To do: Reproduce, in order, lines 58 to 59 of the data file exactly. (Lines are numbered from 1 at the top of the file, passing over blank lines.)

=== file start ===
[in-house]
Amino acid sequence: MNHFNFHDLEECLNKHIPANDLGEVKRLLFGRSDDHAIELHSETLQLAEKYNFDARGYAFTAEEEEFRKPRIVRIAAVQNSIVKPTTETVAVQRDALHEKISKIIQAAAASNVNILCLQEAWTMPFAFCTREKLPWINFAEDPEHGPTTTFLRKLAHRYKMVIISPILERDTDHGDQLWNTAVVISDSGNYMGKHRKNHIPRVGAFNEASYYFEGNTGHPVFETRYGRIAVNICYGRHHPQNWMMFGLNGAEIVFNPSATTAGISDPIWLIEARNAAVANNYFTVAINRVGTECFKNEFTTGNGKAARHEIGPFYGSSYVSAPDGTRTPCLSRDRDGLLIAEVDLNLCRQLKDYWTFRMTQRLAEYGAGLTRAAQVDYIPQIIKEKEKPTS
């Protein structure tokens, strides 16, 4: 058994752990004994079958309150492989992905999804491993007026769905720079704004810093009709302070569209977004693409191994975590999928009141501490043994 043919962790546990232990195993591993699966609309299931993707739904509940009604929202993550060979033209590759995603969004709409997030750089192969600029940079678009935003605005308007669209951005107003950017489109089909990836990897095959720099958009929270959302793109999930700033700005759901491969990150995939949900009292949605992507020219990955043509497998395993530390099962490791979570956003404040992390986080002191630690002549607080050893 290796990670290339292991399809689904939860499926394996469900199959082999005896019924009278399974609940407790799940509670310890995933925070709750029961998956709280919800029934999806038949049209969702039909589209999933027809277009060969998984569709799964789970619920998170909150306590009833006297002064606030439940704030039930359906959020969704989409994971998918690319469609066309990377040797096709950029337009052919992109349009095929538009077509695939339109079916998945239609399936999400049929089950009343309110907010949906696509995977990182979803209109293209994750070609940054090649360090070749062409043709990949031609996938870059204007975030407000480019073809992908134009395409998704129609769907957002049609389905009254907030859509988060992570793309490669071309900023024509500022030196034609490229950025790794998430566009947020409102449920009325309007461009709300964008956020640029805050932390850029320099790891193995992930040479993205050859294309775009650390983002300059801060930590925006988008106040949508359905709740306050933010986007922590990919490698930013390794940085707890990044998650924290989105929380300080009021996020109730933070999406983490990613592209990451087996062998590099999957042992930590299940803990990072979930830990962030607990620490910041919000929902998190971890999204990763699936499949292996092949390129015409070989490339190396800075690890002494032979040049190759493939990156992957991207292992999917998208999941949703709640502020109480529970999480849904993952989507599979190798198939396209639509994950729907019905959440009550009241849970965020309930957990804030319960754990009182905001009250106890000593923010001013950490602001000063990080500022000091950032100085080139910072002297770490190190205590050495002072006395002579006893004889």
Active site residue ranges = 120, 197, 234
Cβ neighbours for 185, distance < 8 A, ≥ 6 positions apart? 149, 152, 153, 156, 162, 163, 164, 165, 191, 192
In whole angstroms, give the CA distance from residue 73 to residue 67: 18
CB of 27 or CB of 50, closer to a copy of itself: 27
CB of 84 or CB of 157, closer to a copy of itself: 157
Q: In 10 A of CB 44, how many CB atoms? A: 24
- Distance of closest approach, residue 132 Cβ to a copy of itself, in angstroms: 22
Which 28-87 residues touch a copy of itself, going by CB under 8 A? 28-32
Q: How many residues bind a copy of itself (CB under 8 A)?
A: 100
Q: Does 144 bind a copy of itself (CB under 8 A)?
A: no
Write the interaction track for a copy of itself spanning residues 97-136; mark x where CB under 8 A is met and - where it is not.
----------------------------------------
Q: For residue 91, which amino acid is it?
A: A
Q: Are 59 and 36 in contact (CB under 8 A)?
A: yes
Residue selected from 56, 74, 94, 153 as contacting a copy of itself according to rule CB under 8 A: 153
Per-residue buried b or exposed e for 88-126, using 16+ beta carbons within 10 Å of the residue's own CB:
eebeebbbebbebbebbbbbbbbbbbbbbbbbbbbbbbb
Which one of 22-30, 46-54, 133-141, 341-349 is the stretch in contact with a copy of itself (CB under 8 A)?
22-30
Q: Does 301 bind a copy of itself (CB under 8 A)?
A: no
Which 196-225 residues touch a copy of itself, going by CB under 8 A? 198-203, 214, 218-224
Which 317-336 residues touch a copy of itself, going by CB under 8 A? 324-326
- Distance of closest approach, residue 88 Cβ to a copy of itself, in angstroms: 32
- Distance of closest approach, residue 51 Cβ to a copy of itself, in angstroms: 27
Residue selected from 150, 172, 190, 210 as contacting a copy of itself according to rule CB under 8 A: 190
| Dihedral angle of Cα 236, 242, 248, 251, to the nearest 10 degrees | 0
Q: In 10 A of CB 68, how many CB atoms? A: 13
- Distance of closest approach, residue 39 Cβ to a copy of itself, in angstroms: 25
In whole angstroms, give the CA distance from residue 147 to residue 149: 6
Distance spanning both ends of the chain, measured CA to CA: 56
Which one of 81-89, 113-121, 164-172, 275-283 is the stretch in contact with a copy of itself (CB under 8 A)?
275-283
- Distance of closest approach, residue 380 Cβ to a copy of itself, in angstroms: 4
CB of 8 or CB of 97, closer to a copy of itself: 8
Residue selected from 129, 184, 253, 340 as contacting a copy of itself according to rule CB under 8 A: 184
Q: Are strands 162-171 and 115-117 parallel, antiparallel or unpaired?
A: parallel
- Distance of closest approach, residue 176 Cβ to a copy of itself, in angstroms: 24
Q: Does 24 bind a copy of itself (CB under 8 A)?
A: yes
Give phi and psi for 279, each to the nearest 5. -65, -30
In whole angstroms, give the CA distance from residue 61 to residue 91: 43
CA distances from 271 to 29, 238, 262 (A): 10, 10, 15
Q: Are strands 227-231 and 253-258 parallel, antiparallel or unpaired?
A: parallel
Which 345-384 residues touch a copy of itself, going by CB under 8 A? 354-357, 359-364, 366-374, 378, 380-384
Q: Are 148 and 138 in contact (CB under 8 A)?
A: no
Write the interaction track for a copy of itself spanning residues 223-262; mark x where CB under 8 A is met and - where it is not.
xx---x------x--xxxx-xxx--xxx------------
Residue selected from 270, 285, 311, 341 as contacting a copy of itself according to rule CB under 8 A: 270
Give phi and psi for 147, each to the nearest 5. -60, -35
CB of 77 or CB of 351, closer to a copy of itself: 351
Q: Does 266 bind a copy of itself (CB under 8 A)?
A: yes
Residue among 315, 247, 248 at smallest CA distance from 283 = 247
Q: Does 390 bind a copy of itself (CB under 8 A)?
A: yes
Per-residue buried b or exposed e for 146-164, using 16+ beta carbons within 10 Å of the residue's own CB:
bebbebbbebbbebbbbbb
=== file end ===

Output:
xx---x------x--xxxx-xxx--xxx------------
Residue selected from 270, 285, 311, 341 as contacting a copy of itself according to rule CB under 8 A: 270